American grace How religion divides and unites us

Robert D. Putnam

Book - 2010

Examines the impact of religion on American life and how that impact has changed in the last half-century.

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Subjects
Published
New York : Simon & Schuster 2010.
Edition
1st Simon & Schuster hardcover ed
Language
English
Physical Description
673 p. : ill., maps ; 25 cm
Bibliography
Includes bibliographical references (p. 571-647) and index.
ISBN
9781416566717
1416566716
Main Author
Robert D. Putnam (-)
Other Authors
David E. Campbell, 1971- (-), Shaylyn Romney Garrett
Review by Booklist Reviews

*Starred Review* In recent controversy over the national motto, In God we trust, Putnam and Campbell see a symptom of profound change in the national character. Using data drawn from two large surveys, the authors plumb these changes. The data show that the tempestuous sixties shook faith in religion and that the seventies and eighties incubated a strong resurgence of devotion. But the two most recent decades add another twist, as young Americans have abandoned the pews in record numbers. Still, despite recent erosion of religious commitment, Americans remain a distinctively devout people. And devotion affects life far from the sanctuary: Putnam and Campbell parse numbers that identify religious Americans as more generous, more civically engaged, and more neighborly than their secularly minded peers. But the analysis most likely to stir debate illuminates how religion has increasingly separated Republicans from Democrats, conservatives from progressives. Readers may blame the Christian Right for this new cultural fissure, but survey statistics mark liberal congregations as the most politicized. But whether looking at politics or piety, the authors complement their statistical analysis with colorful vignettes, humanizing their numbers with episodes from the lives of individual Protestants and Catholics, Jews and Mormons. An essential resource for anyone trying to understand twenty-first-century America.

Review by Choice Reviews

In the follow-up to Bowling Alone (CH, Dec'00, 38-2454), Putnam and Notre Dame political scientist Campbell offer a rich empirical study of the role of religion in the US. They use the Faith Matters survey and other national data to explore why a highly religious nation is not divided by religious conflict. They conclude that most Americans have people of other faiths in their close social networks--"Aunt Sally" and "my pal Al"--which makes religious diversity seem positive and not scary. Indeed, people embedded in religious communities are the most civic minded and civic acting--the people, that is, most likely to build up US society. There are intolerant tails of the distribution of faith--5 percent who reject all religion and 10 percent who reject other religions. Most Americans, though, accept other religions and think religious diversity is good for the US. Putnam and Campbell conclude, "Praying together seems to be better than either bowling together or praying alone." A substantial contribution to the sociology of religion in the US that advances the conversation about social capital. Summing Up: Highly recommended. All levels/libraries. Copyright 2011 American Library Association.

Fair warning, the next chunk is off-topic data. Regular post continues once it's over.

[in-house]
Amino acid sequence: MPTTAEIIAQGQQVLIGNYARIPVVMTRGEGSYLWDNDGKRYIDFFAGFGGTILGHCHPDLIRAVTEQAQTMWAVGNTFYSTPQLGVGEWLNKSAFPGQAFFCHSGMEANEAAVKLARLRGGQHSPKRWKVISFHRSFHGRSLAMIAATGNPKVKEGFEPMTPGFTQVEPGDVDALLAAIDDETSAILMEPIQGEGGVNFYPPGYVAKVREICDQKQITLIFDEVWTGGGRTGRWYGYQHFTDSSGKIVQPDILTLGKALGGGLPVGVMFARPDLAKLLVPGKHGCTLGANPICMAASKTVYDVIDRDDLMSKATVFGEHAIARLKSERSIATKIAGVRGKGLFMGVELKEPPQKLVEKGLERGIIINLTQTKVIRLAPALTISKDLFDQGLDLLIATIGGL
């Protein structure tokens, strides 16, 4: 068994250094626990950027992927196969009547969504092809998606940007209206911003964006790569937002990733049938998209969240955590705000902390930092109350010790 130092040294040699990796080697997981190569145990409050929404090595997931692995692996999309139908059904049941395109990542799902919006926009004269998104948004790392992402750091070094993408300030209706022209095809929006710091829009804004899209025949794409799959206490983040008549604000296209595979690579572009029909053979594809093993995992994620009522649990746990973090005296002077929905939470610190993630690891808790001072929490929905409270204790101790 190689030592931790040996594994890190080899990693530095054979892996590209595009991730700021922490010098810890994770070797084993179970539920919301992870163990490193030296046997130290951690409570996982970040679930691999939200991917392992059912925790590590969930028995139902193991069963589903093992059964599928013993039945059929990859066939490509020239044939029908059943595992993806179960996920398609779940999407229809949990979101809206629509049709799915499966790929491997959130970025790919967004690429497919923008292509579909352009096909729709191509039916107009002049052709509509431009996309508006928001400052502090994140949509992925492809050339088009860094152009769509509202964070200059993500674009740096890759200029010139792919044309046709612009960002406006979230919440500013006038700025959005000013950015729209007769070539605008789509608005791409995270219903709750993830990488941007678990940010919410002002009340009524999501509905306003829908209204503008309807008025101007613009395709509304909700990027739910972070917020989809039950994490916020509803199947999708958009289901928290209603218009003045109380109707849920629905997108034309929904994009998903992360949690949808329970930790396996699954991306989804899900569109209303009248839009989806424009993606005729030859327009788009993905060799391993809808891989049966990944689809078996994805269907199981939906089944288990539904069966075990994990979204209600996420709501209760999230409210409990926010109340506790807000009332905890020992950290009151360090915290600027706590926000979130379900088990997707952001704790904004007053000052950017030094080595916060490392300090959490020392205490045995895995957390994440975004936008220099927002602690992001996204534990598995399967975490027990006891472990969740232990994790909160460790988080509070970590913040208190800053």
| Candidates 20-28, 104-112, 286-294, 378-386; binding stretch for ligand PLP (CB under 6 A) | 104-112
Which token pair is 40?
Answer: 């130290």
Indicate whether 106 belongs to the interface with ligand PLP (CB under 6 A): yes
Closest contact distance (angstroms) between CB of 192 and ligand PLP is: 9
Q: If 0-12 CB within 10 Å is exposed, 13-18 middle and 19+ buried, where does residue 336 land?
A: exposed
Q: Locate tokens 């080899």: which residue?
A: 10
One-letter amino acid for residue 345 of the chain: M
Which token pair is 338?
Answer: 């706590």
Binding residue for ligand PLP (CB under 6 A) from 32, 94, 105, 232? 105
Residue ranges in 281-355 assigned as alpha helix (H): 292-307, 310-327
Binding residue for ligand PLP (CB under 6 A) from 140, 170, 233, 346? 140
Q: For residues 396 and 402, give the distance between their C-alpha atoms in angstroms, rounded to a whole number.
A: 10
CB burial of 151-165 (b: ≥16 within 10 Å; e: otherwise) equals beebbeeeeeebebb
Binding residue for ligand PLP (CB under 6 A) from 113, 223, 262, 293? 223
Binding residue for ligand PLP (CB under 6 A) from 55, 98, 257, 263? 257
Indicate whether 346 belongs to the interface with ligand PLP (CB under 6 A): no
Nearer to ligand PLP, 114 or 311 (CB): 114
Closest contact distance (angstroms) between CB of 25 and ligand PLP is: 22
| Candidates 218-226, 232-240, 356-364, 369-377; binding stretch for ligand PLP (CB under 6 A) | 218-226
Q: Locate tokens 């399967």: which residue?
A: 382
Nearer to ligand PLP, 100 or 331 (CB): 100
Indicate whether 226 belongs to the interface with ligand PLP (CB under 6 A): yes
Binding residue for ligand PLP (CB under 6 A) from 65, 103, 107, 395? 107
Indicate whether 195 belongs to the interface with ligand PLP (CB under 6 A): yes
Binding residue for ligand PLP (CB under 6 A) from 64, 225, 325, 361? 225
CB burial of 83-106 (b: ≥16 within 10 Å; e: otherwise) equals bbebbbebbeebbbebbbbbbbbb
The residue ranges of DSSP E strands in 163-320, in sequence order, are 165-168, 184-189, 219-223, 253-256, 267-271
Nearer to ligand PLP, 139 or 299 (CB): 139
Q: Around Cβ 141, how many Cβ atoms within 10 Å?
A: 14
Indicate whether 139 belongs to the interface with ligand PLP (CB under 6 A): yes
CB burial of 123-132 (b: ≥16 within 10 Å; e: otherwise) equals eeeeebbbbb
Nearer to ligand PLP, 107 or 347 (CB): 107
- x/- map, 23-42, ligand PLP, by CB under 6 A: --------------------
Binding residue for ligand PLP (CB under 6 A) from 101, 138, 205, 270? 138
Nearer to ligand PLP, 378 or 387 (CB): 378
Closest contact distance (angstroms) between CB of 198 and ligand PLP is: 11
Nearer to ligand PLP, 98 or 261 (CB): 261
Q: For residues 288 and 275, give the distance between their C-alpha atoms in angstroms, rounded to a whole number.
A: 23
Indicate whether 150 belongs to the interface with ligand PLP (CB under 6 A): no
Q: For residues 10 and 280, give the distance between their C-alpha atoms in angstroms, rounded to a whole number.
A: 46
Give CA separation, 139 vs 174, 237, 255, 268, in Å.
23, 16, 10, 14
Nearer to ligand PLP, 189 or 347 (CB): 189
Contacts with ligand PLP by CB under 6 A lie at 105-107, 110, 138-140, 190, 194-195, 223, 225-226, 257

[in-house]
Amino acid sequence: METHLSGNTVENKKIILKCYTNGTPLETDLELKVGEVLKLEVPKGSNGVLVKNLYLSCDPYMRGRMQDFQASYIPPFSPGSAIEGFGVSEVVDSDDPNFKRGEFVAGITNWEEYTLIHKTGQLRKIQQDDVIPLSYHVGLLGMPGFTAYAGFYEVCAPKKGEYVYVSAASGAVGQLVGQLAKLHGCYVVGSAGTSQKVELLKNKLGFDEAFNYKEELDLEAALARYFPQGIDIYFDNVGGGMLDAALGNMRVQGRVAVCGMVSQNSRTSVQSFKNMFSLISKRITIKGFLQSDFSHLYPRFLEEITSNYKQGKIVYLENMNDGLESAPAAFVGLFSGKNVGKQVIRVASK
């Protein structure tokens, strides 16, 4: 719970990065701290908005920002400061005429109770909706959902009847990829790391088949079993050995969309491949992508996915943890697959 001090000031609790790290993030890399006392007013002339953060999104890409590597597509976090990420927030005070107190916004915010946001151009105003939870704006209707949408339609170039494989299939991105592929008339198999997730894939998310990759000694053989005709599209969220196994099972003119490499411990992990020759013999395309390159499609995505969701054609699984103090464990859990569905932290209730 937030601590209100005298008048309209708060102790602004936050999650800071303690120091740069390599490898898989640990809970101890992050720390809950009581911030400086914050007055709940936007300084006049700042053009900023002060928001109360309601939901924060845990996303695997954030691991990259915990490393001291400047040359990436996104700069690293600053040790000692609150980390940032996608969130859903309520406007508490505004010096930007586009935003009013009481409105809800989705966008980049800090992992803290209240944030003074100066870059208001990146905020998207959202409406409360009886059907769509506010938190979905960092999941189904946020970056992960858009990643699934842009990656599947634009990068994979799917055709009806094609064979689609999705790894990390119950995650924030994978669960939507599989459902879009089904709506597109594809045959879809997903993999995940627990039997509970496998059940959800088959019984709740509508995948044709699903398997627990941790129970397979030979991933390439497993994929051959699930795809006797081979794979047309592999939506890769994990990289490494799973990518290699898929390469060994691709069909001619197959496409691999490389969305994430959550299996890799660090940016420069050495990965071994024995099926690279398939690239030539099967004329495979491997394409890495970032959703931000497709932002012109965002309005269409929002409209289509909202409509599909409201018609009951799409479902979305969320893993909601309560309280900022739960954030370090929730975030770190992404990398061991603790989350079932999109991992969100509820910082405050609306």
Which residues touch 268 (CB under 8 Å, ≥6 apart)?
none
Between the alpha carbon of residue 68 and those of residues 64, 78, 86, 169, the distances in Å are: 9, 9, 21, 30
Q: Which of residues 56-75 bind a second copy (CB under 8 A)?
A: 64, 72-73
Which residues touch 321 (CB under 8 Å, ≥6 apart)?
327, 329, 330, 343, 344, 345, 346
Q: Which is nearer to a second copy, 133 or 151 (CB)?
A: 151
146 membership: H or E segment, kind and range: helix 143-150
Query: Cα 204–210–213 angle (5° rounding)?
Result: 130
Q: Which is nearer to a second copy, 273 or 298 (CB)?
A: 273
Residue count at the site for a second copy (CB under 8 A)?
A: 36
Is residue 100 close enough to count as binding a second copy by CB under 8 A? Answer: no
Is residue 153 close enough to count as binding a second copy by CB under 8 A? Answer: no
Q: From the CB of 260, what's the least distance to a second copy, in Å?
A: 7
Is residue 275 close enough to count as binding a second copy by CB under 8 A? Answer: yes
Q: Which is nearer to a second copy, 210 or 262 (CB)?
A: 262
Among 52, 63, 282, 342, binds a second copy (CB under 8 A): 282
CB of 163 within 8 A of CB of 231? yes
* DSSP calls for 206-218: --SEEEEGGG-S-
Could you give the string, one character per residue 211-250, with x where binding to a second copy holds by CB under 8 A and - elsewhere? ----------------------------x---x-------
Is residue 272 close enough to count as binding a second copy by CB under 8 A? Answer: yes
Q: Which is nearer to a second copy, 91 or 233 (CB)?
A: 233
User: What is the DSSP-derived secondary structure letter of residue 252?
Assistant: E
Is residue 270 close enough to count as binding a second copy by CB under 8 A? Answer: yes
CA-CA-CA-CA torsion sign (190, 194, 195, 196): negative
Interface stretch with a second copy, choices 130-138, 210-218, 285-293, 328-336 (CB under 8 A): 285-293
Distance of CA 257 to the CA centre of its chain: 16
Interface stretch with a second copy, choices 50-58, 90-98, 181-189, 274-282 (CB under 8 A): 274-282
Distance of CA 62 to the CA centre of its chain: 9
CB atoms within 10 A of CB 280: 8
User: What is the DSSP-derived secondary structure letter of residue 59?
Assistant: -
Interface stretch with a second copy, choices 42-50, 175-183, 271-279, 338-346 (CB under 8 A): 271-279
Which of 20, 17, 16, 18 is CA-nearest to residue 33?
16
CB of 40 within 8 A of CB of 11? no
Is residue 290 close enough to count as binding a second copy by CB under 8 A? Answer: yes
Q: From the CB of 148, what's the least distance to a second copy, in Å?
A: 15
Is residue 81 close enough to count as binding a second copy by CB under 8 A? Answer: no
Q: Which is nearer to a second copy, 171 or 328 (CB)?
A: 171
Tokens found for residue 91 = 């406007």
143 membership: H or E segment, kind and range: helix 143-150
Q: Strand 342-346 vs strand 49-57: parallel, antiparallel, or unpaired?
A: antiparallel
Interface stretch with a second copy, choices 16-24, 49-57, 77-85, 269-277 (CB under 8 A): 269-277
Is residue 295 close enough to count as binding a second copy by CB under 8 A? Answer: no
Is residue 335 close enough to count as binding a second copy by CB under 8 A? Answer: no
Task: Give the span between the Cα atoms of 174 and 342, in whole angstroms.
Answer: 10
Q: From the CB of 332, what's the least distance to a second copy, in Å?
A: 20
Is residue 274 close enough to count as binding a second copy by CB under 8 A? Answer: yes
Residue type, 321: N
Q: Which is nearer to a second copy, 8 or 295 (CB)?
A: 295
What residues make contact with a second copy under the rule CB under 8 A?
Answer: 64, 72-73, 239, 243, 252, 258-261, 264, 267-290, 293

Review by Library Journal Reviews

Harvard professor and author of the esteemed Bowling Alone, Putnam studies two major surveys, plus numerous individual congregations, to bring us this overview of religion in America. Findings that intrigued me: the truly politicized churches tend to be liberal, and faith matters less to most Americans than their communities of faith. Copyright 2010 Reed Business Information.

Review by Library Journal Reviews

Religious life in America has gone through remarkable changes in the last half century, and Putnam (public policy, Harvard; Bowling Alone) and Campbell (political science, Univ. of Notre Dame; Why We Vote) bring together a mound of sociological survey data to sift out the nature of those changes: the rise of the megachurch, the growth and plateauing of evangelicalism, the decline in mainline Protestantism and Anglo-Catholicism, and the 21st-century surge in the ranks of those claiming no religious affiliation. Putnam and Campbell trace these changes to the great liberalizing shock of the 1960s and subsequent pendulum swings first to the right, now to the left, through which "libertines and prudes have successively provoked one another." Religious communities have become increasingly identified with political conservatism, even as individual religious identity has become more fluid. Nonetheless, Americans have become more religiously plural and tolerant in recent decades, and this, state the authors, is America's grace. VERDICTAmerican Grace does for this decade what Robert Bellah's Habits of the Heart did for the 1980s and Wade Clark Roof's Spiritual Marketplace did for the late 1990s. A monumental and insightful sociological analysis of the current religious climate and how it developed. Highly recommended.—Steve Young, McHenry Cty. Coll., Crystal Lake, IL [Page 78]. (c) Copyright 2010. Library Journals LLC, a wholly owned subsidiary of Media Source, Inc. No redistribution permitted.